Nottingham City Council Trade Unions Initiate Formal Dispute Over Covid Redundancies

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Trade Unions Initiate Formal Dispute Over Covid Redundancies

Trade Unions, UNISON, Unite and GMB lodge a collective dispute with Nottingham City Council over recent redundancy proposals.

Trade unions representing employees at Nottingham City Council have lodged a joint dispute over new redundancy proposals. Offers to leave the council with a payoff have been falling on thousands of doorsteps this week as senior council leaders decide to dramatically downsize in response to Covid-19 challenges. Sources at the council confirmed in an interview with the Nottingham Post on the 29th June that keyworker redundancies 'could not be ruled out'

While acknowledging the challenges facing the council, the trade unions have criticised the move, describing it as a 'knee jerk' reaction. A joint letter opposing the proposals and signed by the branch secretaries of the three unions was submitted on Tuesday 30th June to senior management.


A failure to consult the unions properly, the speed with which employees received letters without warning, concerns that the proposals might be discriminatory and criticism that the council is retreating from its responsibilities to champion local government during a national crisis, were all cited as reasons for the dispute. In response to the proposals, the trade unions maintain that the council should be doing more to hold Boris Johnson to account over his repeated remarks stating that 'austerity is over', as well as his well-publicised promises of huge investment to get the UK economy moving in the wake of Covid-19.

Austerity has already meant 10 years of sustained cuts and redundancies in local government, leaving staff who remain overworked and vital services decimated. The view from the trade unions is that now is not the time to downsize further. As the country enters what could be the longest and deepest recession since the great depression of the 1930s, families in the community will look to the council and to government to provide support. It's time for the council to step up and meet the challenge not to pare back and disappear down a rabbit hole.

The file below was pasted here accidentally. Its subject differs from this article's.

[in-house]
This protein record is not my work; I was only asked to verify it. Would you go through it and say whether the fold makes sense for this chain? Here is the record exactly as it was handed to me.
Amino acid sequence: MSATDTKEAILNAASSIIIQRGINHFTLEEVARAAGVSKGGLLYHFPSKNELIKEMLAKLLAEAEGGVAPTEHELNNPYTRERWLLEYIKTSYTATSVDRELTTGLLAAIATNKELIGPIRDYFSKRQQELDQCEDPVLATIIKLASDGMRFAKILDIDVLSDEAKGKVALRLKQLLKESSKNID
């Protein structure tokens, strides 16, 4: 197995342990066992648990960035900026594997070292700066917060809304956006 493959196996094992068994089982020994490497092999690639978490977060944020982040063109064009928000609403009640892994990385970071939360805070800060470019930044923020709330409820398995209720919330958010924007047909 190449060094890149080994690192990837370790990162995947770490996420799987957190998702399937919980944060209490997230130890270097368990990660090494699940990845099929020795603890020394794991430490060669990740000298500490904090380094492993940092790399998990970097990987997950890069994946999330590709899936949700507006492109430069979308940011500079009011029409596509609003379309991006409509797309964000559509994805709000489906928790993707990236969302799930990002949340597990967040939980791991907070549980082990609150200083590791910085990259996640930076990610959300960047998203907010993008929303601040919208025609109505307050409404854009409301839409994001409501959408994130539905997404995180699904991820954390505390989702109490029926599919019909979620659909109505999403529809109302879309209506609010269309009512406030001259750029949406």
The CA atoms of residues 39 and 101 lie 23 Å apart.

In addition, the trade unions maintain that whilst the shortfall in funding is primarily due to cuts demanded by the Tory government, the council does own some responsibility for its current position. In an attempt to generate alternative sources of income, the council has engaged in commercial ventures which have failed to provide the expected income and the cost of which have added to the council's financial difficulties

In response to the proposals Christina Sanna, Branch Secretary of Nottingham City Unison says...

"Rather than retreat into submission, Nottingham's political Leaders should withdraw their planned job cuts and show bold and confident leadership, demanding of Government the financial support our City deserves. Now is the time when our communities need security that only the public sector can provide. Families who can't make ends meet need support to help care for their kids. Young people need meaningful engagement not left to gather at street corners. Workers need jobs and hope, not rejection and despair. Now is the time for big government"

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